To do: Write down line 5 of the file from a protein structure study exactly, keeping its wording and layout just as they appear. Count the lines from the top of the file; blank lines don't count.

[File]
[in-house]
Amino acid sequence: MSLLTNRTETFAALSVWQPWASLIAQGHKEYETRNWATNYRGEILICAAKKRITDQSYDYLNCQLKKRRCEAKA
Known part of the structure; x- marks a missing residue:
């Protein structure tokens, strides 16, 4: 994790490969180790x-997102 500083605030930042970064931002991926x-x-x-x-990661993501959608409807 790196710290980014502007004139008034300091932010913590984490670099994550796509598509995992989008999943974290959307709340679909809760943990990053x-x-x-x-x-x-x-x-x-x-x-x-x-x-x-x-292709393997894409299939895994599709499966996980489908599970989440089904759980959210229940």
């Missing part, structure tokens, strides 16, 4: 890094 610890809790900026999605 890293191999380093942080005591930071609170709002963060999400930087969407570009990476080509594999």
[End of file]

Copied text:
């Missing part, structure tokens, strides 16, 4: 890094 610890809790900026999605 890293191999380093942080005591930071609170709002963060999400930087969407570009990476080509594999």